ROMANIA

The human remains found in "The Cave with Bones", radiocarbon dated as being from circa 40,000 years ago, represent the oldest known Homo sapiens in Europe. The Neolithic-Age Cucuteni area in northeastern Romania was the western region of the earliest European civilization, known as the Cucuteni-Trypillian culture. Also the earliest known salt works in the world is at Poiana Slatinei, near the village of Lunca in Romania; it was first used in the early Neolithic, around 6050 BC, by the Starčevo culture, and later by the Cucuteni-Trypillian culture in the Pre-Cucuteni period. Evidence from this and other sites indicates that the Cucuteni-Trypillian culture extracted salt from salt-laden spring water through the process of briquetage.

Prior to the Roman conquest of Dacia, the territories between the Danube and Dniester rivers were inhabited by various Thracian peoples, including the Dacians and the Getae. Herodotus, in his work "Histories", notes the religious difference between the Getae and other Thracians, however, according to Strabo, the Dacians and the Getae spoke the same language. Dio Cassius draws attention to the cultural similarities between the two people. There is a scholarly dispute whether the Dacians and the Getae were the same people.


Sibiu
, the European Capital of Culture in 2007 and city of the informal European Council on 9 May 2019 ->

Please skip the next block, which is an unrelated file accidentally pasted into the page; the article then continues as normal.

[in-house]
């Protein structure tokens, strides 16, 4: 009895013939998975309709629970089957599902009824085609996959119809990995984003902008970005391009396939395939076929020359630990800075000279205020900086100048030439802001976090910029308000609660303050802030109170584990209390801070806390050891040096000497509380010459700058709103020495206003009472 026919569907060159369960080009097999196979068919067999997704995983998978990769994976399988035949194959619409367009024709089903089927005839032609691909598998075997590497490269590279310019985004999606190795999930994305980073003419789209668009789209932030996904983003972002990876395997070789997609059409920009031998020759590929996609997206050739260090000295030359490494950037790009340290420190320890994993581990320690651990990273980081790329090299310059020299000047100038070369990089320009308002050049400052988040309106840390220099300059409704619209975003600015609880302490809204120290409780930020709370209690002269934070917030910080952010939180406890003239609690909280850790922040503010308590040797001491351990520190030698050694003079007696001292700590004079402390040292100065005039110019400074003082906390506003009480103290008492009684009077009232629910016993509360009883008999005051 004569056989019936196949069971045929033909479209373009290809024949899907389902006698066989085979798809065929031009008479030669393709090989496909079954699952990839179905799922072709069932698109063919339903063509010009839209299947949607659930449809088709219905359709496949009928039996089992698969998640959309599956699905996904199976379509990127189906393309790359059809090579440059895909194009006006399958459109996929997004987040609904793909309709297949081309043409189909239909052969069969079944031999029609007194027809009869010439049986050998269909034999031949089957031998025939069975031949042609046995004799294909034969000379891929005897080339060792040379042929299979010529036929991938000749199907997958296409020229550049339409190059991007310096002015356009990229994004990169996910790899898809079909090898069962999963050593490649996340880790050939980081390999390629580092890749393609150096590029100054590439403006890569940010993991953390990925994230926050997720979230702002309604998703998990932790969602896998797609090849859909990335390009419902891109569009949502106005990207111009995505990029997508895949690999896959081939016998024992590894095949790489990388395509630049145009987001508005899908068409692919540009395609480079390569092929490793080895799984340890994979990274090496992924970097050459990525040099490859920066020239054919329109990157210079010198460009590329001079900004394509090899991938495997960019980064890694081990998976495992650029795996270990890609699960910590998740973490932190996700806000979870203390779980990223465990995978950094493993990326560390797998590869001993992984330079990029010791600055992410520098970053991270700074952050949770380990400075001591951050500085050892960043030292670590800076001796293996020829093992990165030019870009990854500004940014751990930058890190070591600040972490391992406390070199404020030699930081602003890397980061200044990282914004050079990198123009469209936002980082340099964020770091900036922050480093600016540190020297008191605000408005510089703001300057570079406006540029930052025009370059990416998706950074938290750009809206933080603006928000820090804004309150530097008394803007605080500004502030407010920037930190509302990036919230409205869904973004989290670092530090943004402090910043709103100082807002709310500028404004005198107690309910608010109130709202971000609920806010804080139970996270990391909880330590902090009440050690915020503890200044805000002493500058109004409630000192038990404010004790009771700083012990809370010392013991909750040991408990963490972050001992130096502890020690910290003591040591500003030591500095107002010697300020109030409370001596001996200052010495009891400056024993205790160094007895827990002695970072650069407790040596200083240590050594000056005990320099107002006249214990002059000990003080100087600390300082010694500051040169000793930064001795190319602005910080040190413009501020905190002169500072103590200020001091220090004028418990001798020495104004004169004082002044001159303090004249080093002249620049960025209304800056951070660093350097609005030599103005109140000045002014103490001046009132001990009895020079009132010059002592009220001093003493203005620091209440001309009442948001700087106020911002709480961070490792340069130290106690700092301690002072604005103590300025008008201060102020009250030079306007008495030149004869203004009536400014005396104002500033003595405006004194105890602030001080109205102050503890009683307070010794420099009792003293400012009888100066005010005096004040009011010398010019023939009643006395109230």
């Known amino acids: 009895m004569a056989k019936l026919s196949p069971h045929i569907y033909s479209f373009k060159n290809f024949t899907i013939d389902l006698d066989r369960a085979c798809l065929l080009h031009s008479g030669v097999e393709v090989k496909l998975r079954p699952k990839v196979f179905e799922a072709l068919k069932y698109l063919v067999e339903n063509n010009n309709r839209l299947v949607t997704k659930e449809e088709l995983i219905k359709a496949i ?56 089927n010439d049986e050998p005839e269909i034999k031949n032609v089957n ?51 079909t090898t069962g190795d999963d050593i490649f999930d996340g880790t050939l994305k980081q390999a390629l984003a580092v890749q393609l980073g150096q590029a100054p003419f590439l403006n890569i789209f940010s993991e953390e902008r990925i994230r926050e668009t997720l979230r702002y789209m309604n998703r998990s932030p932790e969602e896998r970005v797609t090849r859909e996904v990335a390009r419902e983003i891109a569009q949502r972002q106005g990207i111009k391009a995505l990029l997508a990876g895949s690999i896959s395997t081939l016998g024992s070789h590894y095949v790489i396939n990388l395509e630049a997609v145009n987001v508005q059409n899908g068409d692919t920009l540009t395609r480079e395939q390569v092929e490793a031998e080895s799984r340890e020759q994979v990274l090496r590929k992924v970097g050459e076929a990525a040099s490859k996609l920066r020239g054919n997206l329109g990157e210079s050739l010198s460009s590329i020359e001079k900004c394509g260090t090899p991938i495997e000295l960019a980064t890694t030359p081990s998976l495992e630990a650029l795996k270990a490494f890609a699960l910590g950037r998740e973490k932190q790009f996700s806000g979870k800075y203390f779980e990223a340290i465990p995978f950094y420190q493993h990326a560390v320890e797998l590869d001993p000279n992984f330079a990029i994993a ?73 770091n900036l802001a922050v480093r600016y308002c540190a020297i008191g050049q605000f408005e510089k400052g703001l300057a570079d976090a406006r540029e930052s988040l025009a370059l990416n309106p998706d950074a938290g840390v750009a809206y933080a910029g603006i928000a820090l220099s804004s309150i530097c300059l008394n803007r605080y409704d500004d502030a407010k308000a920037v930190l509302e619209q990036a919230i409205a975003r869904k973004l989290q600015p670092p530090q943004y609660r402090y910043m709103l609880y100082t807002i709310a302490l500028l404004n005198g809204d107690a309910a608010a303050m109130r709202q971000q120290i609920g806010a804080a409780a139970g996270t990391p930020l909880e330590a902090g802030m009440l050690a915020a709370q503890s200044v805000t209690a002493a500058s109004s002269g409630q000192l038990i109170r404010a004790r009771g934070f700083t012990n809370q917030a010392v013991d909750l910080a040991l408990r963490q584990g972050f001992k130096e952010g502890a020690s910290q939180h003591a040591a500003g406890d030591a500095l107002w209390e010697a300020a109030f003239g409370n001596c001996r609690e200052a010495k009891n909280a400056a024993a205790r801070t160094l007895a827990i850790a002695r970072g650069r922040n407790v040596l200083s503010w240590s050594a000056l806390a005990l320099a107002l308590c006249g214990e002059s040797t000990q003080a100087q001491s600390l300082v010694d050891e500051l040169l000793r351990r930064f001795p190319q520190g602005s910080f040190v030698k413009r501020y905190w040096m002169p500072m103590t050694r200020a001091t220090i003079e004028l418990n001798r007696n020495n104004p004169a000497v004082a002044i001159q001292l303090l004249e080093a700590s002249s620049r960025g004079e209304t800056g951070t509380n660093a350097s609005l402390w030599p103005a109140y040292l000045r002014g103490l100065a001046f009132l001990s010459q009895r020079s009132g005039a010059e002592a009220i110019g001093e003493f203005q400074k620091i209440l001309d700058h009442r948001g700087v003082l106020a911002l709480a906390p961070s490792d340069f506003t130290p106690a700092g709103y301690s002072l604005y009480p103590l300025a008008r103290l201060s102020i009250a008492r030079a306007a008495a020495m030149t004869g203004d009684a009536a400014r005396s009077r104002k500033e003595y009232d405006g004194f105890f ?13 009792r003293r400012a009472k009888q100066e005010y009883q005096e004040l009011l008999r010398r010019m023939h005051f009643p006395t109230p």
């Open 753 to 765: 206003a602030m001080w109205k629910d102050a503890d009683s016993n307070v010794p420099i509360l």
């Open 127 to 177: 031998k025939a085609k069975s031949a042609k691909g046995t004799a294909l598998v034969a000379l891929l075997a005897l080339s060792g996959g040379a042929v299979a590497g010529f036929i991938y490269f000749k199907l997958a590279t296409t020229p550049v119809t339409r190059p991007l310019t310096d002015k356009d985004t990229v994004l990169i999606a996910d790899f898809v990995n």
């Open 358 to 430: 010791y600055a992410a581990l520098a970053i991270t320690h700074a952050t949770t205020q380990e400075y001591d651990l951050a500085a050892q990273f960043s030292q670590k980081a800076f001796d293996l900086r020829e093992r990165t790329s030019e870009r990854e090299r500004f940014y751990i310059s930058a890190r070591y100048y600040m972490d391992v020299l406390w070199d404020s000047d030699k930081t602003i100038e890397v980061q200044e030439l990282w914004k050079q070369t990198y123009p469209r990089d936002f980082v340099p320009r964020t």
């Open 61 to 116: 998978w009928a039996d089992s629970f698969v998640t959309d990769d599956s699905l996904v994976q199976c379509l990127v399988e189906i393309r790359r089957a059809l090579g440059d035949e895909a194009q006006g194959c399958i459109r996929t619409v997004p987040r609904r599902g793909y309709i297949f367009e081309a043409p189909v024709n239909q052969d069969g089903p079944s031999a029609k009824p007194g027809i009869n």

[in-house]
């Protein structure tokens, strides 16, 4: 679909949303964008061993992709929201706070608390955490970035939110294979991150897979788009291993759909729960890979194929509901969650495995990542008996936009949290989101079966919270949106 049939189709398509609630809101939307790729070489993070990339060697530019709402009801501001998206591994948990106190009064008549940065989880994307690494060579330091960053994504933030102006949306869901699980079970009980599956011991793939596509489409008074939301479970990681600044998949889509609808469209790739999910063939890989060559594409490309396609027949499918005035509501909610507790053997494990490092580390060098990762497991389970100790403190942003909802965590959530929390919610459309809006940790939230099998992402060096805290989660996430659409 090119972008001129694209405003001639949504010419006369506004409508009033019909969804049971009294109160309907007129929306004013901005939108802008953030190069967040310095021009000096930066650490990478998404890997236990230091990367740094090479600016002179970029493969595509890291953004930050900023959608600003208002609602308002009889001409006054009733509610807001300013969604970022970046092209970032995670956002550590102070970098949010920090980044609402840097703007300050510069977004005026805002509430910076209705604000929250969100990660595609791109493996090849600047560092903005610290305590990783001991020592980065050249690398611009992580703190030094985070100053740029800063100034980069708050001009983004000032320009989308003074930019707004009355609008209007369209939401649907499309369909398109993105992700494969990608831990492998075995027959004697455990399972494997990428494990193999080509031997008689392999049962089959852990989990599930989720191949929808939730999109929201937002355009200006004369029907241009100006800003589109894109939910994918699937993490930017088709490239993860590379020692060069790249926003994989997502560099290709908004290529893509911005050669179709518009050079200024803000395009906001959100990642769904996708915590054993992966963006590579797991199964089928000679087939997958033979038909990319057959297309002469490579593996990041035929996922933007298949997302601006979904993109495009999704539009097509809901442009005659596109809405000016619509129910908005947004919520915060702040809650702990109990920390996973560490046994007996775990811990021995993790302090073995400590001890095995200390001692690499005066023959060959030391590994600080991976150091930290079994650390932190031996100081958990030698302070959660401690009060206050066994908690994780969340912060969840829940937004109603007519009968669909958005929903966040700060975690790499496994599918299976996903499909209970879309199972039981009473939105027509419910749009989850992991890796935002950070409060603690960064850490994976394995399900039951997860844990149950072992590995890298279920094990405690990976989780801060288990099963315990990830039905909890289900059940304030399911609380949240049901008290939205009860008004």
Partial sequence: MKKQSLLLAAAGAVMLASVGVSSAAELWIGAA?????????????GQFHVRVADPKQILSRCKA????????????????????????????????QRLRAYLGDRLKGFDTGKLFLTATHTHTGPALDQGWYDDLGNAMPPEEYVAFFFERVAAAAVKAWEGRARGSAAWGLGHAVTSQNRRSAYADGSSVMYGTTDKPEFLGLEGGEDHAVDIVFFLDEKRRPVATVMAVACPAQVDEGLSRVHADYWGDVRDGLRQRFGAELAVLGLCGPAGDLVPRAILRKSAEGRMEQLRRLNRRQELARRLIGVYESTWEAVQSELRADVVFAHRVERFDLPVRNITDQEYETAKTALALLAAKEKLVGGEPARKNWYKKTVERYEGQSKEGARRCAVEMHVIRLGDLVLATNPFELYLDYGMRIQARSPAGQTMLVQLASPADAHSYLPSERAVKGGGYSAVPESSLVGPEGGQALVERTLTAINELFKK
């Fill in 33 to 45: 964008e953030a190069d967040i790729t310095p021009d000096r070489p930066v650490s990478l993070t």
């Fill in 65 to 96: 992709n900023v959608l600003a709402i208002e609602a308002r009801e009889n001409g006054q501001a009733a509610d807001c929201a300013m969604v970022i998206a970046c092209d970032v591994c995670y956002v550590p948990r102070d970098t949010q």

The largest of the Balkan countries, Romania has dramatic mountain scenery and a coastline on the Black Sea. It has seen numerous empires come and go from the Roman and Ottoman to the Austro-Hungarian. After World War II the country fell under Communist rule, although the leadership pursued a foreign policy independent of that of the Soviet Union. The legacy of Communist leader Nicolae Ceausescu lingered long after the uprising which brought about his downfall on Christmas Day 1989.

A slower developer than other former communist countries of eastern Europe, Romania took a major step away from its past when it was one of seven countries to join Nato in late March 2004. In April 2005 Bucharest signed an EU accession treaty, paving the way for Romania eventually to join the union in January 2007.

In the unique set-up of the European Union institutional structure, the Council of the European Union is the institution where the governments of the EU member States defend their own country’s national interests in the negotiation of the legislative and non-legislative files. The Council of the European Union is one of the seven institutions created by the European Union Treaties and, together with the European Parliament and the European Commission, it is involved in the drafting of the European legislation. While the other EU institutions are chaired by Presidents with multi-annual mandates, the Council of the European Union doesn’t have a permanent, single-person president and its Presidency rotates every 6 months. Every EU Member State has the obligation to hold in turn the Council Presidency and chair the its meetings at the ministerial, diplomatic and expert level.